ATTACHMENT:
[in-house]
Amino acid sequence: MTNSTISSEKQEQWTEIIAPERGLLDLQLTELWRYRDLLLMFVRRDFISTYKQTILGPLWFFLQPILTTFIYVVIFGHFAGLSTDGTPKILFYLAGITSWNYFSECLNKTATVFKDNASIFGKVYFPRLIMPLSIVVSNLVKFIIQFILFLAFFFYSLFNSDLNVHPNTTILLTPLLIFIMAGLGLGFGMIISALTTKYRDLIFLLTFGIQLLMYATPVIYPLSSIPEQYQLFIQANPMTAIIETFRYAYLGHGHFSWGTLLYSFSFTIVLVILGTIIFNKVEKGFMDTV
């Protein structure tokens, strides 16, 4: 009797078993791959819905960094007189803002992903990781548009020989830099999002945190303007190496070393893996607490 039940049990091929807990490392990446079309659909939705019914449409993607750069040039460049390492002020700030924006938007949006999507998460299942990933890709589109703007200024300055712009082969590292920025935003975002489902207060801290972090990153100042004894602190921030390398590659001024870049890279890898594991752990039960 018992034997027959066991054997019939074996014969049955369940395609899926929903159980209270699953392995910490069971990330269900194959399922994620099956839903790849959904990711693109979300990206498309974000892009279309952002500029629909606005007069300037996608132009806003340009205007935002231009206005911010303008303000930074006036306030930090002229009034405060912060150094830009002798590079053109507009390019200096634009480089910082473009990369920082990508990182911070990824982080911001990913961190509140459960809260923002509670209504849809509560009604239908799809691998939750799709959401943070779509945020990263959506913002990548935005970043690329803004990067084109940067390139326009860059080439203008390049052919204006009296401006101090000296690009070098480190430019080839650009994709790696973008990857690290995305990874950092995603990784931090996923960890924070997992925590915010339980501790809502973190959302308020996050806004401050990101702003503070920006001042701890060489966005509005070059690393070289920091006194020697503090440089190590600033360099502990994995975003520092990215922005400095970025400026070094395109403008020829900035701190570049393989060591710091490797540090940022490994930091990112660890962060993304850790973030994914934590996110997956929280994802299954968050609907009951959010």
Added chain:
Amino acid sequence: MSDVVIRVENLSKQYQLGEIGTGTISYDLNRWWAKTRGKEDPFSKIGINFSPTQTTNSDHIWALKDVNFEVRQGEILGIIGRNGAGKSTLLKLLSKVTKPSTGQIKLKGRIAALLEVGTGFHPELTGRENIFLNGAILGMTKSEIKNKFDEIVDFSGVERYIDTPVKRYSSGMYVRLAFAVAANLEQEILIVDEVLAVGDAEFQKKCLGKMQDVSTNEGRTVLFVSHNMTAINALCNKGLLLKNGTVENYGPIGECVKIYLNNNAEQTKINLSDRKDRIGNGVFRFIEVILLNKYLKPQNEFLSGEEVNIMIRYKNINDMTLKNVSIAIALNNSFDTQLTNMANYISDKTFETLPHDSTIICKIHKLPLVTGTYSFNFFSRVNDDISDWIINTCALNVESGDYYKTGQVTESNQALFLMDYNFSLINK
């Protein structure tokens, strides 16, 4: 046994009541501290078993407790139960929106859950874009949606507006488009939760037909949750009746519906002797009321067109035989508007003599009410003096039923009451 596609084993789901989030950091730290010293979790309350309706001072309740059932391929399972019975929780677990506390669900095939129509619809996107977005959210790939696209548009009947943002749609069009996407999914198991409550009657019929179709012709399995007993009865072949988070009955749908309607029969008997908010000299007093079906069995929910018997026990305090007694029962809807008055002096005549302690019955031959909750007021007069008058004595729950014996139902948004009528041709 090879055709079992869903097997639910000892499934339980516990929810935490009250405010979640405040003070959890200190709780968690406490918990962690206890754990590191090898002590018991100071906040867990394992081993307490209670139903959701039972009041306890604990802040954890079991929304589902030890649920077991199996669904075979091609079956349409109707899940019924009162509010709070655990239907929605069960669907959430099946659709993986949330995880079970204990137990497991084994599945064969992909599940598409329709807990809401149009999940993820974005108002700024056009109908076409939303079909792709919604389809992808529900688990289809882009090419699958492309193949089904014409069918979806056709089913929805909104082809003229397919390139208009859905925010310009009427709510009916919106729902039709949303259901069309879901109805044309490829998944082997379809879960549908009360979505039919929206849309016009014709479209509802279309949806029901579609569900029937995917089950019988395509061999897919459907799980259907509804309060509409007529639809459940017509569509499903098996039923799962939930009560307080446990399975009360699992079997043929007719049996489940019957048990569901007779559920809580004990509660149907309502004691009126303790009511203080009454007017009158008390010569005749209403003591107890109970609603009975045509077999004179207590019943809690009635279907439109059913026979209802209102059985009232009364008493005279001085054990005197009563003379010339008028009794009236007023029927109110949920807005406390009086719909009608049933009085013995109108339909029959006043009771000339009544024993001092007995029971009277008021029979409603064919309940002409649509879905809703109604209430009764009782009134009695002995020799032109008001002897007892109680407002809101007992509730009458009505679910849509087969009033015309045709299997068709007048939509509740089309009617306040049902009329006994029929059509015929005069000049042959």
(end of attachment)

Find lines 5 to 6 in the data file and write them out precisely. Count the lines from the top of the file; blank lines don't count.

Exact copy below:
Amino acid sequence: MSDVVIRVENLSKQYQLGEIGTGTISYDLNRWWAKTRGKEDPFSKIGINFSPTQTTNSDHIWALKDVNFEVRQGEILGIIGRNGAGKSTLLKLLSKVTKPSTGQIKLKGRIAALLEVGTGFHPELTGRENIFLNGAILGMTKSEIKNKFDEIVDFSGVERYIDTPVKRYSSGMYVRLAFAVAANLEQEILIVDEVLAVGDAEFQKKCLGKMQDVSTNEGRTVLFVSHNMTAINALCNKGLLLKNGTVENYGPIGECVKIYLNNNAEQTKINLSDRKDRIGNGVFRFIEVILLNKYLKPQNEFLSGEEVNIMIRYKNINDMTLKNVSIAIALNNSFDTQLTNMANYISDKTFETLPHDSTIICKIHKLPLVTGTYSFNFFSRVNDDISDWIINTCALNVESGDYYKTGQVTESNQALFLMDYNFSLINK
């Protein structure tokens, strides 16, 4: 046994009541501290078993407790139960929106859950874009949606507006488009939760037909949750009746519906002797009321067109035989508007003599009410003096039923009451 596609084993789901989030950091730290010293979790309350309706001072309740059932391929399972019975929780677990506390669900095939129509619809996107977005959210790939696209548009009947943002749609069009996407999914198991409550009657019929179709012709399995007993009865072949988070009955749908309607029969008997908010000299007093079906069995929910018997026990305090007694029962809807008055002096005549302690019955031959909750007021007069008058004595729950014996139902948004009528041709 090879055709079992869903097997639910000892499934339980516990929810935490009250405010979640405040003070959890200190709780968690406490918990962690206890754990590191090898002590018991100071906040867990394992081993307490209670139903959701039972009041306890604990802040954890079991929304589902030890649920077991199996669904075979091609079956349409109707899940019924009162509010709070655990239907929605069960669907959430099946659709993986949330995880079970204990137990497991084994599945064969992909599940598409329709807990809401149009999940993820974005108002700024056009109908076409939303079909792709919604389809992808529900688990289809882009090419699958492309193949089904014409069918979806056709089913929805909104082809003229397919390139208009859905925010310009009427709510009916919106729902039709949303259901069309879901109805044309490829998944082997379809879960549908009360979505039919929206849309016009014709479209509802279309949806029901579609569900029937995917089950019988395509061999897919459907799980259907509804309060509409007529639809459940017509569509499903098996039923799962939930009560307080446990399975009360699992079997043929007719049996489940019957048990569901007779559920809580004990509660149907309502004691009126303790009511203080009454007017009158008390010569005749209403003591107890109970609603009975045509077999004179207590019943809690009635279907439109059913026979209802209102059985009232009364008493005279001085054990005197009563003379010339008028009794009236007023029927109110949920807005406390009086719909009608049933009085013995109108339909029959006043009771000339009544024993001092007995029971009277008021029979409603064919309940002409649509879905809703109604209430009764009782009134009695002995020799032109008001002897007892109680407002809101007992509730009458009505679910849509087969009033015309045709299997068709007048939509509740089309009617306040049902009329006994029929059509015929005069000049042959």